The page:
Those are all highlights from 2010. He wasn't entirely unproductive in 2011, but he showed up to the combine overweight and performed poorly. Once he slimmed down for his pro day, he was back into good shape and performed great, running 4.4-4.5 in the 40. And at 6'4, 220 pounds, Jeffery in good shape is an elite weapon that would have been a first round pick this year. I couldn't be more ecstatic about the pickup, not just because it's a great weapon for Cutler to use, but it shows a marked trend for the Bears to actually embark on improvements to the skill positions of the football team. As for the rest of the draft, it was a little puzzling. The Bears took Brandon Hardin in the third round, yet ANOTHER safety. The Bears have been taking safeties in every draft for what seems like the last 20 years. Why take Hardin when you just drafted Major Wright and Chris Conte? Both have struggled, but both have also showed the skill and athleticism necessary to take the leap. Perhaps the Bears recognize the importance a ball hawking, athletic safety can play in their defense and simply want to provide competition and depth. After Hardin, the Bears took Evan Rodriguez, an athletic FB/TE hyrbid. That would seem fine, until you realize that Rodriguez is only 6'2, greatly undersized at TE. I imagine they're thinking of the versatility he provides, but I wonder why they made the choice to begin with. The Bears finished their draft with two defensive backs, Isaiah Frey and Greg McCoy, both of whom are athletic and fit the mold of undervalued corners the Bears seem to go after in the draft. I like McCoy as the bigger sleeper of the two, based merely on his speed.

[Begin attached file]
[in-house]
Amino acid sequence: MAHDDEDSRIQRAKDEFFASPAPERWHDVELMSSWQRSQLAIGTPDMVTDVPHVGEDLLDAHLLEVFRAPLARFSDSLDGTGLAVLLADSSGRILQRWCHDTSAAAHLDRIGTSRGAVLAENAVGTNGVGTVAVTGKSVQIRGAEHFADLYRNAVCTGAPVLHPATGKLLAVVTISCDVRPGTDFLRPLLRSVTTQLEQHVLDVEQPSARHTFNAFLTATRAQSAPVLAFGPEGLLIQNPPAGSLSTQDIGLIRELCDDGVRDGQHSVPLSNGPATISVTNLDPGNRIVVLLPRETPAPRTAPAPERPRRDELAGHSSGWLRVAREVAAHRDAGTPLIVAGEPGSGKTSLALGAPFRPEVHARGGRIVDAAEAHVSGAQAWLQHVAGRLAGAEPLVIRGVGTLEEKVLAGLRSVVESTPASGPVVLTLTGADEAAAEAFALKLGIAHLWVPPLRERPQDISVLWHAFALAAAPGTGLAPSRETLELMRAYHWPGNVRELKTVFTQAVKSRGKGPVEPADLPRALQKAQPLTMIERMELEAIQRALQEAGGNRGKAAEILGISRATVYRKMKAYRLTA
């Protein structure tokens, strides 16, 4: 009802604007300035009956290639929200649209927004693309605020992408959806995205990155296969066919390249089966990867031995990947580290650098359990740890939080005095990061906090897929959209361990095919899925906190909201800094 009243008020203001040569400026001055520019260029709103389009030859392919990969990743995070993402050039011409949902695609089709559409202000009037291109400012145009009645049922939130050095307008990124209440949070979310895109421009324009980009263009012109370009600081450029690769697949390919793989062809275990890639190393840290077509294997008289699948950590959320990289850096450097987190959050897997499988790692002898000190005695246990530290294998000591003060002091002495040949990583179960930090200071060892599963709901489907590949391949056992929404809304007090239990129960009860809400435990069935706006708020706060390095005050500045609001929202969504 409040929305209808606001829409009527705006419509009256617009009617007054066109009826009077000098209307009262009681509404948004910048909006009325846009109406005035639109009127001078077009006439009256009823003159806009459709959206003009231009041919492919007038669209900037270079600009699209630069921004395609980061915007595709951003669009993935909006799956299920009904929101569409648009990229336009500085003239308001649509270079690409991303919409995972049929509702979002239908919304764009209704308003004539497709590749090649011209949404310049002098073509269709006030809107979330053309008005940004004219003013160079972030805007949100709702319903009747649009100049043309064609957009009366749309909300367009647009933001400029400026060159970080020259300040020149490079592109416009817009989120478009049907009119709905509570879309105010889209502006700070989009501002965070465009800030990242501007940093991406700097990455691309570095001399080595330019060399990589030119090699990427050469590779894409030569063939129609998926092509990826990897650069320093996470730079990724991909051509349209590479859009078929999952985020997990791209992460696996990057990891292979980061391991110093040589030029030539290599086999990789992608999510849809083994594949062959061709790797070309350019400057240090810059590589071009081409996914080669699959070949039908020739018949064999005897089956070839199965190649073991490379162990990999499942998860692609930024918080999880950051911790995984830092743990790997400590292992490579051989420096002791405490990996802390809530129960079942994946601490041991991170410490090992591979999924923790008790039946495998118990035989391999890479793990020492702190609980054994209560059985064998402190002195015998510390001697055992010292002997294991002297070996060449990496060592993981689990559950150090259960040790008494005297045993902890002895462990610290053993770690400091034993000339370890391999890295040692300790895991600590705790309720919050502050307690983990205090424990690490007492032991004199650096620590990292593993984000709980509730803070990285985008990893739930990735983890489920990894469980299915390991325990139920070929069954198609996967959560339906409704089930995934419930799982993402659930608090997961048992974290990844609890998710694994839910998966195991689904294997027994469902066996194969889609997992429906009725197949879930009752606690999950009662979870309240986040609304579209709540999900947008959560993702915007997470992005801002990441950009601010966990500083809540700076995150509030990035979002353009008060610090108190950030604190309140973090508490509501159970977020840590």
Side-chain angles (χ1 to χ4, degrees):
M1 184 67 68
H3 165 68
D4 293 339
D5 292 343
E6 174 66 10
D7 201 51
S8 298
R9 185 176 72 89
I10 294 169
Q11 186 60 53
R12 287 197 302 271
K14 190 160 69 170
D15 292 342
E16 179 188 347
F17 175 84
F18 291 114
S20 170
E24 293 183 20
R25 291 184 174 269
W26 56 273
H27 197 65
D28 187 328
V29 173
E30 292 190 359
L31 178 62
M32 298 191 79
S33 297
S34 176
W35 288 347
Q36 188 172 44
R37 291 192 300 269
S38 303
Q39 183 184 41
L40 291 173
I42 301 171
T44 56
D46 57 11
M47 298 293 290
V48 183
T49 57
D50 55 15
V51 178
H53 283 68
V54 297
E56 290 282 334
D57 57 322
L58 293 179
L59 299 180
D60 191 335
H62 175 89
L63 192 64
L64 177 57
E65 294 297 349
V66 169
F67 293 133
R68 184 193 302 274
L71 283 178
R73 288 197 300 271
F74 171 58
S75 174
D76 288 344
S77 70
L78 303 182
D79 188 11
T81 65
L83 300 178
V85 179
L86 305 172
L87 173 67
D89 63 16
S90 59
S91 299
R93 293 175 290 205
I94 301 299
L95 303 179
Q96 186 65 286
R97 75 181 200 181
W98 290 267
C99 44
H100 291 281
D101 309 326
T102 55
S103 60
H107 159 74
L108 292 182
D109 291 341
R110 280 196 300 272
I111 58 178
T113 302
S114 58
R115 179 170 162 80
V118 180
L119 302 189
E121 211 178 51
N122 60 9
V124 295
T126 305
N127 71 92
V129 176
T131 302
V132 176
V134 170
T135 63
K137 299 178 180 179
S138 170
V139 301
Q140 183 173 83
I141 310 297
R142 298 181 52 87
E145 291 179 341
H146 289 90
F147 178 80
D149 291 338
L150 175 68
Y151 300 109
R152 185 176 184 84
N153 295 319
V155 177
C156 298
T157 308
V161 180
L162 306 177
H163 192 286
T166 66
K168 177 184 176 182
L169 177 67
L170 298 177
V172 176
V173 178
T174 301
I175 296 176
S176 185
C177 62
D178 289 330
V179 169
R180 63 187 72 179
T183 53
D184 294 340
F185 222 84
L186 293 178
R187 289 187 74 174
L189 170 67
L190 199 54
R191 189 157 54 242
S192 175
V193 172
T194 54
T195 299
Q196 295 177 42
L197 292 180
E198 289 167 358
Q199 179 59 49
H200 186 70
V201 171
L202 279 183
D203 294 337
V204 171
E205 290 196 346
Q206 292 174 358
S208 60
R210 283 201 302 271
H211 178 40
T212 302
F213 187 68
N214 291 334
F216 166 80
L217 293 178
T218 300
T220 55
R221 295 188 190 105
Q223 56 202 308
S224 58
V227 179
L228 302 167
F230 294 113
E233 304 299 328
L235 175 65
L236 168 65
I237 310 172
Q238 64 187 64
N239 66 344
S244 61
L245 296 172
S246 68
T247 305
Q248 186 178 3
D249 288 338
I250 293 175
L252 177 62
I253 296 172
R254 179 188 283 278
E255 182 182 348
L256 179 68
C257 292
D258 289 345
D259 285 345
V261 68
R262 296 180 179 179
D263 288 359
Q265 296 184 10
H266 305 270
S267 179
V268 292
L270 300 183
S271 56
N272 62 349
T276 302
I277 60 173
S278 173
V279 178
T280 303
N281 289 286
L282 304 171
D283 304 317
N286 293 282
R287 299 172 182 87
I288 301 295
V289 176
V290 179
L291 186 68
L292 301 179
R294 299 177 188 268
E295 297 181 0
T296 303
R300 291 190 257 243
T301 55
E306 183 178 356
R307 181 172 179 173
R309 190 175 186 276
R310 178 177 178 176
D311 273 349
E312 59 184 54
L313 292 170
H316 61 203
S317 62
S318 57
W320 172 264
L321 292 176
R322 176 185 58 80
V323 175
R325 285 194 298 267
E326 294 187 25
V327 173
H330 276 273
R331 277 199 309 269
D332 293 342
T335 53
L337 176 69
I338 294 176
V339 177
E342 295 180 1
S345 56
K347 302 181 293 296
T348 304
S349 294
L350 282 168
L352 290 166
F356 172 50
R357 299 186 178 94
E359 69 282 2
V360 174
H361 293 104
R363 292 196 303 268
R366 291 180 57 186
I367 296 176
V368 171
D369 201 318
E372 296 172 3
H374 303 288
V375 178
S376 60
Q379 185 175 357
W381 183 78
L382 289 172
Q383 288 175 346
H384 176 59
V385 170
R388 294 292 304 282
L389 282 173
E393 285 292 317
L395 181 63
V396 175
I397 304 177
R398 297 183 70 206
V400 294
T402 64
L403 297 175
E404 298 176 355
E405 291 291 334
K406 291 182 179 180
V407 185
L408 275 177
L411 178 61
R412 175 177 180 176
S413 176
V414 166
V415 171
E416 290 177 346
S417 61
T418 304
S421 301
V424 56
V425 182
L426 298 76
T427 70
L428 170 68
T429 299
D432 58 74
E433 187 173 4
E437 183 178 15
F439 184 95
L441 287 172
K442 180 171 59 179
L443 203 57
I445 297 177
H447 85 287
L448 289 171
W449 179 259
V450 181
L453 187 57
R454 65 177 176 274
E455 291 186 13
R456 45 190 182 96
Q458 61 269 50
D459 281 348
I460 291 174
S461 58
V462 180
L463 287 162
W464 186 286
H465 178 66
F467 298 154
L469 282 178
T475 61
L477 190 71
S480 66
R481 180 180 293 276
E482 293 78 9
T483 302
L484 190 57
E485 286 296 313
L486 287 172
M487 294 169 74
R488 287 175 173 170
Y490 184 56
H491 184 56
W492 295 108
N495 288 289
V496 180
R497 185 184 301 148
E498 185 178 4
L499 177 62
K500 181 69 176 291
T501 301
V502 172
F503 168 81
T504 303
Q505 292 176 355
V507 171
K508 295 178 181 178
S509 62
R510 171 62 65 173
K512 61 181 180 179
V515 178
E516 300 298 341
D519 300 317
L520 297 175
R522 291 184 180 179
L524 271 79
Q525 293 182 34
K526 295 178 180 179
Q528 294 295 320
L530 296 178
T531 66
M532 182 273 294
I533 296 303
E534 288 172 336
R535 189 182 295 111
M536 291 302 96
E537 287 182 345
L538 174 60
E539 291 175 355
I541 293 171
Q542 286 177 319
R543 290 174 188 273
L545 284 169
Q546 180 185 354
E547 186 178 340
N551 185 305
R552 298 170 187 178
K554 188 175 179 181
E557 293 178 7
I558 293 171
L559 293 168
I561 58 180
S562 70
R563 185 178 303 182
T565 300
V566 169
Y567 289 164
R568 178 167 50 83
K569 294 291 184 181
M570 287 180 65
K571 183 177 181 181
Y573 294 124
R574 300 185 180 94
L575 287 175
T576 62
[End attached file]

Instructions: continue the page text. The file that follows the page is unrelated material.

Most importantly, though, what about the action on the field? That is going to be the most compelling storyline to follow. Starting on offense, there is no bigger signal of the "new" era of Bears football than the departure of Mike Martz. For me, it's simple addition by subtraction. No one frustrated me more than watching Martz attempt to relive the Greatest Show on Turf glory days with a Bears offense that couldn't come close to making it happen. Consistently forcing Cutler into 7 step drops, making the receivers learn and memorize complicated timing routes that they couldn't pull off, and undervaluing a run game dominated by Matt Forte drove me, and other Bears fans, crazy all year. He didn't even let Cutler audible! I thought the Bears pulled off a great move by simply promoting Mike Tice to offensive coordinator, for it will ensure a simpler, more cohesive offensive scheme that will fit to the personnel on the field. Even better is the hiring of Jeremy Bates to be the quarterback's coach. Bates, who spent last year out of football, was Cutler's QB coach in Denver for his most successful season, and will be able to work closely with Cutler and already know exactly how the QB's mind works.